What Does an Economic Slowdown Mean for the Housing Market?
According to a recent survey, more and more Americans are concerned about a possible recession. Those concerns were validated when the Federal Reserve met and confirmed they were strongly committed to bringing down inflation. And, in order to do so, they’d use their tools and influence to slow down the economy.
All of this brings up many fears and questions around how it might affect our lives, our jobs, and business overall. And one concern many Americans have is: how will this affect the housing market? We know how economic slowdowns have impacted home prices in the past, but how could this next slowdown affect real estate and the cost of financing a home?
According to Mortgage Specialists:
“Throughout history, during a recessionary period, interest rates go up at the beginning of the recession. But in order to come out of a recession, interest rates are lowered to stimulate the economy moving forward.”
Here’s the data to back that up. If you look back at each recession going all the way to the early 1980s, here’s what happened to mortgage rates during those times (see chart below):
As the chart shows, historically, each time the economy slowed down, mortgage rates decreased. Fortune.com helps explain the trend like this:
“Over the past five recessions, mortgage rates have fallen an average of 1.8 percentage points from the peak seen during the recession to the trough. And in many cases, they continued to fall after the fact as it takes some time to turn things around even when the recession is technically over.”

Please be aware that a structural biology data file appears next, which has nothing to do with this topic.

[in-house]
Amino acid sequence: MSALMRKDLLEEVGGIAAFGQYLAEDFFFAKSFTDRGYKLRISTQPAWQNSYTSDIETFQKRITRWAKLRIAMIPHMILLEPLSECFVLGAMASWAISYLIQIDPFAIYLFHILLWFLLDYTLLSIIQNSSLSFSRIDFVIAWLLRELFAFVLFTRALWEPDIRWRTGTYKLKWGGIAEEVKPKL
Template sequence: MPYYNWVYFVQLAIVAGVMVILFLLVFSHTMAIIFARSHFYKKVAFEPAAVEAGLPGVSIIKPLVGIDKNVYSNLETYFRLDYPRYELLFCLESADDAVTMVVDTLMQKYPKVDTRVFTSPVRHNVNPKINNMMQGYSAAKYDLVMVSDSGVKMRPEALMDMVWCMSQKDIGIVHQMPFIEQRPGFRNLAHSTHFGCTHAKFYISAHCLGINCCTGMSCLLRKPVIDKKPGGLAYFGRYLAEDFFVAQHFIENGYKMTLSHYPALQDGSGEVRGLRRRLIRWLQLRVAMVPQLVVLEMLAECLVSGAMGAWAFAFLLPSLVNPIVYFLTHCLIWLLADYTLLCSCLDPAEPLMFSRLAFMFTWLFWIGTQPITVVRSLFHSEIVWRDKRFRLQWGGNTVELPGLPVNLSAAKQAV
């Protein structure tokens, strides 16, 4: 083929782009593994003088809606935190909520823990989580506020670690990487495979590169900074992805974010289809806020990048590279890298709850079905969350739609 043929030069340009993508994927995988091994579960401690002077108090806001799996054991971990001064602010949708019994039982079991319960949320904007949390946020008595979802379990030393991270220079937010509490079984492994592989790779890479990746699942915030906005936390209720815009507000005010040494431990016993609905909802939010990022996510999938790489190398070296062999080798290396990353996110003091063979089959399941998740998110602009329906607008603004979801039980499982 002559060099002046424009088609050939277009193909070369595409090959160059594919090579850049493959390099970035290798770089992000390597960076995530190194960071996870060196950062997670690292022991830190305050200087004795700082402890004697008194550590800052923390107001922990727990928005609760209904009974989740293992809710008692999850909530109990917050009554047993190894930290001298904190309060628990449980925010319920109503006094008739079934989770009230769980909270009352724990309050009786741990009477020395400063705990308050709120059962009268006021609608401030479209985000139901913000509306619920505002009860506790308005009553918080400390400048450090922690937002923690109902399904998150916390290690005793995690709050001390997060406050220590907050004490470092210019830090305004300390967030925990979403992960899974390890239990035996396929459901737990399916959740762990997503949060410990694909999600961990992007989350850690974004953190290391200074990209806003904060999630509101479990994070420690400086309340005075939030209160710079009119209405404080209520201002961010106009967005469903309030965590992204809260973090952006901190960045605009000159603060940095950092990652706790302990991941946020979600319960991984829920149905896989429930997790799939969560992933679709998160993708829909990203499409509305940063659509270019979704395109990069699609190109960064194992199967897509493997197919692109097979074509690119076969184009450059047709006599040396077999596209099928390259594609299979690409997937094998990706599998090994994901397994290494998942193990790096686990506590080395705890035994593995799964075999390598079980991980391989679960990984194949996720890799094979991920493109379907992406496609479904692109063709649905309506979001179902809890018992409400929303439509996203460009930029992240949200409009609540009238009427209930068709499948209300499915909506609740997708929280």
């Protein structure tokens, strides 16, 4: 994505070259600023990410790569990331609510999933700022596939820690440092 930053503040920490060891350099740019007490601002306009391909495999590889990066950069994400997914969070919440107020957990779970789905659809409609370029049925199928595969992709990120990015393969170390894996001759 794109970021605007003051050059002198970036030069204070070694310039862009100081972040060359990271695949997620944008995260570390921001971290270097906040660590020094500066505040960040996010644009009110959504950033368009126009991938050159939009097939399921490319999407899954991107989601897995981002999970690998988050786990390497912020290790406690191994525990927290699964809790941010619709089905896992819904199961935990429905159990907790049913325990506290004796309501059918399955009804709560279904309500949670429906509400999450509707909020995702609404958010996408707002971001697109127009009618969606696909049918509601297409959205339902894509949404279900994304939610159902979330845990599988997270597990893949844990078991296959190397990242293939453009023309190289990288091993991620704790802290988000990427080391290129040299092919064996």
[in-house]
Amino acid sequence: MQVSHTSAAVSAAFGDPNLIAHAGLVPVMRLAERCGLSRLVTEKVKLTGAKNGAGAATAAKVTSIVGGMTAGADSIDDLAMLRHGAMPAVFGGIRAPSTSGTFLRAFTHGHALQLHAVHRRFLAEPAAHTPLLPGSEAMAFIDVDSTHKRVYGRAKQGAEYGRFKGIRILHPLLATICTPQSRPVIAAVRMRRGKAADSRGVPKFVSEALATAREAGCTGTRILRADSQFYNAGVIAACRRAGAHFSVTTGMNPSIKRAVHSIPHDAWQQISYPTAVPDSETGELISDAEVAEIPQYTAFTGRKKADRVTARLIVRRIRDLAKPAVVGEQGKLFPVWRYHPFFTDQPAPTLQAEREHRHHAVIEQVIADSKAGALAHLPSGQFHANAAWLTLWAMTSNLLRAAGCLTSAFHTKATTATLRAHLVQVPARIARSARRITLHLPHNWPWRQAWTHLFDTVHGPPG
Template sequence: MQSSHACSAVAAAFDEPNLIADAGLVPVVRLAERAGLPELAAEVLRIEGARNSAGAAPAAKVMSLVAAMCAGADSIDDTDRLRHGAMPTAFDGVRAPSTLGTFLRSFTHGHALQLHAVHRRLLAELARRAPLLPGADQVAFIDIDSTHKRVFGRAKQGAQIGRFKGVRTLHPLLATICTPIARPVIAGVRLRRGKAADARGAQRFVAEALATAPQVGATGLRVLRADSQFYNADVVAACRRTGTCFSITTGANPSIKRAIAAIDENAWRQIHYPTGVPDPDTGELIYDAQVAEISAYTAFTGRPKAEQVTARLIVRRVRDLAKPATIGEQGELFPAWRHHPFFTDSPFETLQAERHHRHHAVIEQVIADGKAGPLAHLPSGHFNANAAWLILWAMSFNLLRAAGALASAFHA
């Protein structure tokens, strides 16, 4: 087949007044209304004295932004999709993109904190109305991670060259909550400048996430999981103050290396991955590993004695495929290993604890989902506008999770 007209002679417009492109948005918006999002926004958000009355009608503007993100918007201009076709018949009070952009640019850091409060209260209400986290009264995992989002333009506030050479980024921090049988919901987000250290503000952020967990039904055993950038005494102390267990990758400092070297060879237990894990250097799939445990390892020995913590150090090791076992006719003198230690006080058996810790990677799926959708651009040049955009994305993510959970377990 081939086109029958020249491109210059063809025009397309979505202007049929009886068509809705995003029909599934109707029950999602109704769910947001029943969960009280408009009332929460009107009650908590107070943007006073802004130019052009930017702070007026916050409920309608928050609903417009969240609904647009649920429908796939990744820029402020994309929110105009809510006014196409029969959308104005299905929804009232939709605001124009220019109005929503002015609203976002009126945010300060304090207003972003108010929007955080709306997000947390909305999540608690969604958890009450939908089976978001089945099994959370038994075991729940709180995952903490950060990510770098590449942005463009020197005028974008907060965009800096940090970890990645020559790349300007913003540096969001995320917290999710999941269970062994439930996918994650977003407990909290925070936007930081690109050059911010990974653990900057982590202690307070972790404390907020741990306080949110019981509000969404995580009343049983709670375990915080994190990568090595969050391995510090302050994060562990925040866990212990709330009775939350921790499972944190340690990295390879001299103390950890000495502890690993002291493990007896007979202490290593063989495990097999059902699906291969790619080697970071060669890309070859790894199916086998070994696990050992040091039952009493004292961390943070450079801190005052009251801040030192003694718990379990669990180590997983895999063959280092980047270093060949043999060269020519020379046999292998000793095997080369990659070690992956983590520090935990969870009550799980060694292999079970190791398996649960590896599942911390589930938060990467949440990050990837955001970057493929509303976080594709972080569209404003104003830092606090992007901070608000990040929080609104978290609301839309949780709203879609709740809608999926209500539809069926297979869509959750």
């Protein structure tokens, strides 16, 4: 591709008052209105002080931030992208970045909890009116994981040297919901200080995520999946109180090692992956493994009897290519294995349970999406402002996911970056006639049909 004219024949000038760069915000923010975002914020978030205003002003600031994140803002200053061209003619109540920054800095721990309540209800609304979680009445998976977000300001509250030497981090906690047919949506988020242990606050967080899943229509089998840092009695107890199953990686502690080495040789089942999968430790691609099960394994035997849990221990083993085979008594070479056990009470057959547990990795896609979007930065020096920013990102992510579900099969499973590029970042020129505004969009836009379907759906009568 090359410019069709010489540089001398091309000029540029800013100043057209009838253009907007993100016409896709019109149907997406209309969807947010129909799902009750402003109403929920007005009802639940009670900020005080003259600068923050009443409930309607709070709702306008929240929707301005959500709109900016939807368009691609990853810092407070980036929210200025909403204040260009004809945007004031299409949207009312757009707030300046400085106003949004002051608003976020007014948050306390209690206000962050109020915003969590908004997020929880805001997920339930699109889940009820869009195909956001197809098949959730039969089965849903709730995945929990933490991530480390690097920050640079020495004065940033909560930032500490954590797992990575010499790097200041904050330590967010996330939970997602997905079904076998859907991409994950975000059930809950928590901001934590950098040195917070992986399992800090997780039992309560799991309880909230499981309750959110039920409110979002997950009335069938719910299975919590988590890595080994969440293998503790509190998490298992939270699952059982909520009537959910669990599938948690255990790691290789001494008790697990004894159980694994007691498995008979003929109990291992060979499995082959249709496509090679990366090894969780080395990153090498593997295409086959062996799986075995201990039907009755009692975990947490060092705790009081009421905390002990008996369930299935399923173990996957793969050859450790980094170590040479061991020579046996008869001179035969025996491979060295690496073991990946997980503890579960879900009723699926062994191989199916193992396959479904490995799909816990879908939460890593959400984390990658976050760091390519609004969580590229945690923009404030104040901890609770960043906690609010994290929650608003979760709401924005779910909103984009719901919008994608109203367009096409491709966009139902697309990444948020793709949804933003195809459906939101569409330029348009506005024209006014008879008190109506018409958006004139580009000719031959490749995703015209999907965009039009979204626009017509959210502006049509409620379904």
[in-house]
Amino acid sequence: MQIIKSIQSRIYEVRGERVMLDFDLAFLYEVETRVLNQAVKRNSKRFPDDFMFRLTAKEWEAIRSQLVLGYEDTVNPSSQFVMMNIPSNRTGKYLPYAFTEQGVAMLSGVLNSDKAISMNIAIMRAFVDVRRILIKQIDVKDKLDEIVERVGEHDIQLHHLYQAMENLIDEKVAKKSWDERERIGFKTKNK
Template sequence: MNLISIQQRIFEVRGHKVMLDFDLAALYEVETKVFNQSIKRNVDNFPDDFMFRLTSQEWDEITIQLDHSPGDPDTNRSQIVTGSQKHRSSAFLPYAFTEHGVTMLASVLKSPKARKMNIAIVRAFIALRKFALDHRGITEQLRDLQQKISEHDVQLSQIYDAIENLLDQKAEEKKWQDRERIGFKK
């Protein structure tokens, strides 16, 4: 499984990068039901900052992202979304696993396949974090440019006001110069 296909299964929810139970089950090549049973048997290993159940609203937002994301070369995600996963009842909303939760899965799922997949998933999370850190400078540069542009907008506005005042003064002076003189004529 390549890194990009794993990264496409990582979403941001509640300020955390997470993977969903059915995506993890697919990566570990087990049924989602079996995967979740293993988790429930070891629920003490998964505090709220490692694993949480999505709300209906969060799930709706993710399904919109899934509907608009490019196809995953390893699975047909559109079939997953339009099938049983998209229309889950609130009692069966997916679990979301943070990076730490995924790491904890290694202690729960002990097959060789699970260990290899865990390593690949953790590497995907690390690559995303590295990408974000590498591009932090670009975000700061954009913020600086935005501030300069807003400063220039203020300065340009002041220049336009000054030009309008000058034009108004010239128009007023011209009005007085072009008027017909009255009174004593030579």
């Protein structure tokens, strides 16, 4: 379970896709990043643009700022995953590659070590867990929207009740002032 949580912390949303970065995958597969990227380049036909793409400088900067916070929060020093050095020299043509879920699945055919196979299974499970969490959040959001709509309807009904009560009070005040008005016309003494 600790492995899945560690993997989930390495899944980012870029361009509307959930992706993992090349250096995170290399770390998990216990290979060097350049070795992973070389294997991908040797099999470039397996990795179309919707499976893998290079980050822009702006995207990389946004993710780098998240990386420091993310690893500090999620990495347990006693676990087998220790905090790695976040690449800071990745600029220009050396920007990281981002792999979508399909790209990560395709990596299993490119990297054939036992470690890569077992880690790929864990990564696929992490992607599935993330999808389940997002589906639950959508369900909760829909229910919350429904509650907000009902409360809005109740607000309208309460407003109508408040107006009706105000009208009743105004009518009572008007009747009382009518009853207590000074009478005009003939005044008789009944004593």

And while history doesn’t always repeat itself, we can learn from it. While an economic slowdown needs to happen to help taper inflation, it hasn’t always been a bad thing for the housing market. Typically, it has meant that the cost to finance a home has gone down, and that’s a good thing.
Concerns of a recession are rising. As the economy slows down, history tells us this would likely mean lower mortgage rates for those looking to refinance or buy a home. While no one knows exactly what the future holds, you can make the right decision for you by working with a trusted real estate professional to get expert advice on what’s happening in the housing market and what that means for your homeownership goals.
Again, a similar story emerges. The pandemic numbers (shown in blue) beat the more typical year of 2019 home sales (shown in gray). And according to the latest projections for 2022 (shown in green), the market is on pace to close this year with more home sales than 2019 as well.
It’s important to compare today not to the abnormal pandemic years, but to the most recent normal year to show the current housing market is still strong. First American sums it up like this:
“. . . today’s housing market looks a lot like the 2019 housing market, which was the strongest housing market in a decade at the time.”
If recent headlines are generating any concerns, look at a more typical year for perspective. The current market is not a crash or correction. It’s just a turning point toward more typical, pre-pandemic levels. Let’s connect if you have any questions about our local market and what it means for you when you buy or sell this year.
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The information contained, and the opinions expressed, in this article are not intended to be construed as investment advice. Tammy Kaiser, Gail Smith & Keller Williams do not guarantee or warrant the accuracy or completeness of the information or opinions contained herein. Nothing herein should be construed as investment advice. You should always conduct your own research and due diligence and obtain professional advice before making any investment decision. Tammy Kaiser, Gail Smith & Keller Williams will not be liable for any loss or damage caused by your reliance on the information or opinions contained herein.